State lawmakers approved $11 billion in spending Friday, and are now preparing to do battle over where to spend a few remaining hundred million.

A top priority? Tax cuts, according to Senate leadership. Other pet projects include an additional pay raise for teachers, a possible tax incentive to keep Delta Airlines in Utah, and more money for state employee salaries.

"Now at the top of the list comes tax cuts," Senate President John Valentine, R-Orem, said.

House leadership said earlier this week they want additional funding for teacher salaries and health care, and also to build the Mountain View Corridor.

With the $11 billion approved Friday, lawmakers said they can keep the state operating in case a final budget bill isn't approved before the end of the session. The money essentially funds state programs that were funded last year, and also helps pay for growth in student enrollment, among other things.

"This is what keeps the operations of the state going," Valentine said.

In addition to growth, the money includes $40 million to pay for teacher salaries increases that were approved last year, but put on hold due to a miscalculation in the number of teachers in the state.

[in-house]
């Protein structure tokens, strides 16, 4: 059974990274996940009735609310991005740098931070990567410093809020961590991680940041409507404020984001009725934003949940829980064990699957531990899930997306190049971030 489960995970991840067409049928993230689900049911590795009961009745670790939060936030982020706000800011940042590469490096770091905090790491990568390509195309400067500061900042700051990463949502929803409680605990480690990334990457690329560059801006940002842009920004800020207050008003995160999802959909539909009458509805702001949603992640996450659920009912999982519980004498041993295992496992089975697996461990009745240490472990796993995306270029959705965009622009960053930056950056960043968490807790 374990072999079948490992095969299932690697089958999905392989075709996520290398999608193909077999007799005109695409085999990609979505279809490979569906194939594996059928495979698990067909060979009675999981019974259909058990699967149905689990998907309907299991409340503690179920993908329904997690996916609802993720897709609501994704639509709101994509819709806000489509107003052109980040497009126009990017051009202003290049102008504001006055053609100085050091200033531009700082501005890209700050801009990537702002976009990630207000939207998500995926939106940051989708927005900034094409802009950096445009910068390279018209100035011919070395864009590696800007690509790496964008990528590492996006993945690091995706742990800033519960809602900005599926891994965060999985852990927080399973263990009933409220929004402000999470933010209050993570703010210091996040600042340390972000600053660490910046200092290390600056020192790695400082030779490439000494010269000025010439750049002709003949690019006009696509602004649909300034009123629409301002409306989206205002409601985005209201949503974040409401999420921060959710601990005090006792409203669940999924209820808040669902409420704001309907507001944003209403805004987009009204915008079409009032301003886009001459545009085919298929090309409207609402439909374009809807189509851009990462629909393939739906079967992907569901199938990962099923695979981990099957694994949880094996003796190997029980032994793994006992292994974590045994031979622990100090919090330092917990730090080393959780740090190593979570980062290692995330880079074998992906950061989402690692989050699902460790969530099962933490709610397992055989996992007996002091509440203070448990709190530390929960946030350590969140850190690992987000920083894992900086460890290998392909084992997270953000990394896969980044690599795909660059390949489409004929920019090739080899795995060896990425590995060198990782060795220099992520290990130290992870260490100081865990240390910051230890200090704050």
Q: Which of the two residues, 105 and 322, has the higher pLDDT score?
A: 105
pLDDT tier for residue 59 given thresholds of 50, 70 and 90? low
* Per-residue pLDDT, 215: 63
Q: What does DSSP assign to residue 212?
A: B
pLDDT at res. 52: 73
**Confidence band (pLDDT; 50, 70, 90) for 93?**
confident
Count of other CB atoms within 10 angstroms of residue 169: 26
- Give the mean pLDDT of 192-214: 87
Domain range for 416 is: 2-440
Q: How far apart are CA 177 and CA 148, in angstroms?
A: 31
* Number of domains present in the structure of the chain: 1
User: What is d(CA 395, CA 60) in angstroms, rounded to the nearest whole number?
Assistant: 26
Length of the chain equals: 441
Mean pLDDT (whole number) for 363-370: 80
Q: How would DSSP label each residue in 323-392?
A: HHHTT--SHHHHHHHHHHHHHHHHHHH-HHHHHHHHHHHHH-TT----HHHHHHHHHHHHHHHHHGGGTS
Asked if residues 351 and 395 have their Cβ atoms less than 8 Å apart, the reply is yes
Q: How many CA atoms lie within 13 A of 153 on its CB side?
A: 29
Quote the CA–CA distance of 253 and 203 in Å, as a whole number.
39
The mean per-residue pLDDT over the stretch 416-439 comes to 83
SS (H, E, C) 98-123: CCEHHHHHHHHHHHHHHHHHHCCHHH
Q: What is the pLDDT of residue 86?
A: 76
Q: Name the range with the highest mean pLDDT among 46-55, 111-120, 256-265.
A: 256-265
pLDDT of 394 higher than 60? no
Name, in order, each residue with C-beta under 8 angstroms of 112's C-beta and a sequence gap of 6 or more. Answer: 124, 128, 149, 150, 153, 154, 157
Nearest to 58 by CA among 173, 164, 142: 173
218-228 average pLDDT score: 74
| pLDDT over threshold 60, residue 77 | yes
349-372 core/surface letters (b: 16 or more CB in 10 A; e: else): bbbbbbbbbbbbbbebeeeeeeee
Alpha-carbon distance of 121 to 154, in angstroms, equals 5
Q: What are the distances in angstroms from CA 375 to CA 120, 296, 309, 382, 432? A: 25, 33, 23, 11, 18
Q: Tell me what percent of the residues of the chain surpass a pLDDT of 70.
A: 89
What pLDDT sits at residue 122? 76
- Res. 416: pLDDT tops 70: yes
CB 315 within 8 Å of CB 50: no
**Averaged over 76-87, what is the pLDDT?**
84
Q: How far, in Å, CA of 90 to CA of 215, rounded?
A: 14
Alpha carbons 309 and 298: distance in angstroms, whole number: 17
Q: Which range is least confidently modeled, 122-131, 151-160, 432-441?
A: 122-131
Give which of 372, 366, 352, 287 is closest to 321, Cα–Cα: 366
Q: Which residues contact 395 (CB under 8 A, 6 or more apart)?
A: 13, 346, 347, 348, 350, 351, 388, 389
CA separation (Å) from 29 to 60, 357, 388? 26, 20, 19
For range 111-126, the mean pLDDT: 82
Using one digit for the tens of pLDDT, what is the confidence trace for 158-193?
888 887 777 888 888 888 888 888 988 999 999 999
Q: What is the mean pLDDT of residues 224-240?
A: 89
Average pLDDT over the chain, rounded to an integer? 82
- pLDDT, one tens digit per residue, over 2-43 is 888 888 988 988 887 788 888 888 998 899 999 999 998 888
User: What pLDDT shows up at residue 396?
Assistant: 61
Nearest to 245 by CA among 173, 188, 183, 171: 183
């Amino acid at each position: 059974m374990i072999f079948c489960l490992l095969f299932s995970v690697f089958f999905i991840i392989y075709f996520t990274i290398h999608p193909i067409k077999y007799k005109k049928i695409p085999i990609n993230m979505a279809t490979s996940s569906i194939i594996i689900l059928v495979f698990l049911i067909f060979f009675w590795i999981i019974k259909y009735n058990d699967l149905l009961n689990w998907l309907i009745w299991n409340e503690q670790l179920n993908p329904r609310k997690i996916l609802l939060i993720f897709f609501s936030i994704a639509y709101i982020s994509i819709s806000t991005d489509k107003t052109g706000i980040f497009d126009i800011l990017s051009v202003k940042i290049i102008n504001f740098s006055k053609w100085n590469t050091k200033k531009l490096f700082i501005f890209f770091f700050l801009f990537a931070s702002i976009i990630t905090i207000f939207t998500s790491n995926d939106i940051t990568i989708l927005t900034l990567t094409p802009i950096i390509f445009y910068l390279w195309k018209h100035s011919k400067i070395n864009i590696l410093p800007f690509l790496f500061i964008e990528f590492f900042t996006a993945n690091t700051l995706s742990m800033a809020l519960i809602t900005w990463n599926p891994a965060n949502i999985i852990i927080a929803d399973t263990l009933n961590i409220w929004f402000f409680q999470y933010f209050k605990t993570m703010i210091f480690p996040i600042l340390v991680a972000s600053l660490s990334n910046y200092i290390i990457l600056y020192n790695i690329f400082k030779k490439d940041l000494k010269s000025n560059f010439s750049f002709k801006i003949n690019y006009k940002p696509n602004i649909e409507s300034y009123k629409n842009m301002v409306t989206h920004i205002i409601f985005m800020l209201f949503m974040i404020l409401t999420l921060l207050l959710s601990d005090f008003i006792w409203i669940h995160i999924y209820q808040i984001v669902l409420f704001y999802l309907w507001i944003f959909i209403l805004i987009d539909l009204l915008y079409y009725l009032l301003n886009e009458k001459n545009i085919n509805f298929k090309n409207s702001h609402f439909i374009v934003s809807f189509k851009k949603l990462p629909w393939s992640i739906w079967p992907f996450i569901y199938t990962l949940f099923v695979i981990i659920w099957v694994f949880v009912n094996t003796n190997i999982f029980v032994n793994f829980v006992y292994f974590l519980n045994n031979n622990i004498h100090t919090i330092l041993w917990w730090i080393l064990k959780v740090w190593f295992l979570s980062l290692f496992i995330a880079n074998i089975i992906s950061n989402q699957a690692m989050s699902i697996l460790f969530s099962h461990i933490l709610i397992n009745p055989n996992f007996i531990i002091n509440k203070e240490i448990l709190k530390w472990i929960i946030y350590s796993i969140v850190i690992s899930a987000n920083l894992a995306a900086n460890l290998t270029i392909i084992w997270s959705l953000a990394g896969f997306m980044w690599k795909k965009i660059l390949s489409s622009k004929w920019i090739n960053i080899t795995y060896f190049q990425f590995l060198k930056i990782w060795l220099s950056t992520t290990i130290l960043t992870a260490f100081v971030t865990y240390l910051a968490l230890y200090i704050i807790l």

Now that the House and Senate have approved the spending, which is authorized under HB1 and SB1, the bills go to the governor for approval. He has 10 days to sign the measures, after which money for the teachers will be sent to school districts for approval.

Legislative leaders anticipate the latest the money could be sent to the districts is Feb. 29.

"Passing that bill is an assurance to educators we have honored our commitment," said Senate Minority Leader Mike Dmitrich, D-Price.

Over the next five weeks, lawmakers will meet to debate whether to adjust funding commitments in the $11 billion "base budget" bills, and also to decide what state programs should get additional funding.

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